# [seqfan] Re: a^2 + b^3 = c^4

Lars Blomberg lars.blomberg at visit.se
Mon May 5 09:00:10 CEST 2014

```Putting each of a,b,c in increasing order is the logical thing to do, I
agree.

I have computed some c values and my (somewhat hasty) thought was to include
the
corresponding a and b values as separate sequences.
But as you point out, this will not be correct.

Maybe I will stick with the "c" sequence for the time being.

/Lars

-----Ursprungligt meddelande-----
From: israel at math.ubc.ca
Sent: Monday, May 05, 2014 8:35 AM
To: Sequence Fanatics Discussion list
Subject: [seqfan] Re: a^2 + b^3 = c^4

What order would you put these in?
It would seem logical to put them each in increasing order.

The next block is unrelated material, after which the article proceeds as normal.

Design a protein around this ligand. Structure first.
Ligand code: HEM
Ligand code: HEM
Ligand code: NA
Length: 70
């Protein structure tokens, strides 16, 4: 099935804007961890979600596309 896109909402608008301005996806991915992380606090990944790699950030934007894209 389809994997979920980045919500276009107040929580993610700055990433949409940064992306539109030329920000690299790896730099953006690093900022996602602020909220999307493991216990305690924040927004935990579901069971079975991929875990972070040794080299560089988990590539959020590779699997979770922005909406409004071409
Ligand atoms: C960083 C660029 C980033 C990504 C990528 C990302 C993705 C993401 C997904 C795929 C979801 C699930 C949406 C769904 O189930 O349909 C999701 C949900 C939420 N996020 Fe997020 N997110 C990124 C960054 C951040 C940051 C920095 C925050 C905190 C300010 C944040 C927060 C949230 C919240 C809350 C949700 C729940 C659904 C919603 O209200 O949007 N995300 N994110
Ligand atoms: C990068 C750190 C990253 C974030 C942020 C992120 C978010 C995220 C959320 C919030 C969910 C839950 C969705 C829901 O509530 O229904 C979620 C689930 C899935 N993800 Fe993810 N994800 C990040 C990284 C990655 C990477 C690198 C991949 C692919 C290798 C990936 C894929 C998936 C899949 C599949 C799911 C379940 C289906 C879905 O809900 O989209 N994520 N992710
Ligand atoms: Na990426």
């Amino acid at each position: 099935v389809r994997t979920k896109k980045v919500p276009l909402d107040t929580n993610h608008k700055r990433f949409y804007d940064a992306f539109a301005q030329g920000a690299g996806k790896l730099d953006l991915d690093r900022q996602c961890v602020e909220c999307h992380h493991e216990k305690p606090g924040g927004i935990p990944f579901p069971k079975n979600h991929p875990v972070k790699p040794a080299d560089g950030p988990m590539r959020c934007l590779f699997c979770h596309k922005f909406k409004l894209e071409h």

Thus the "a" sequence would be the set of all a such that
a^2 + b^3 = c^4 for some b and c.
However, searching for solutions may be difficult: I don't know
if there are effective bounds on b and c for given a.
The other two should be OK: for the "c" sequence we certainly have
a < c^2 and b < c^(4/3), while for the "b" sequence, since
b^3 = (c^2+a)(c^2-a) > c^2 + a, so c < b^(3/2) and a < b^3.

Robert Israel
University of British Columbia and D-Wave Systems

On May 4 2014, Lars Blomberg wrote:

>Hello Seqfans,
>
>a^2 + b^3 = c^4 has solutions
>a = 28, 27, 63, 1176, 648, 433, 1792, ...
>b = 8, 18, 36, 49, 108, 143, 128, ...
>c = 6, 9, 15, 35, 36, 42, 48, ...
>none of which seem to be in OEIS.
>
>I intend to add the "c" sequence.
>One question though: Should I add the "a" and "b" sequences as well?
>
>/Lars
>
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>Seqfan Mailing list - http://list.seqfan.eu/
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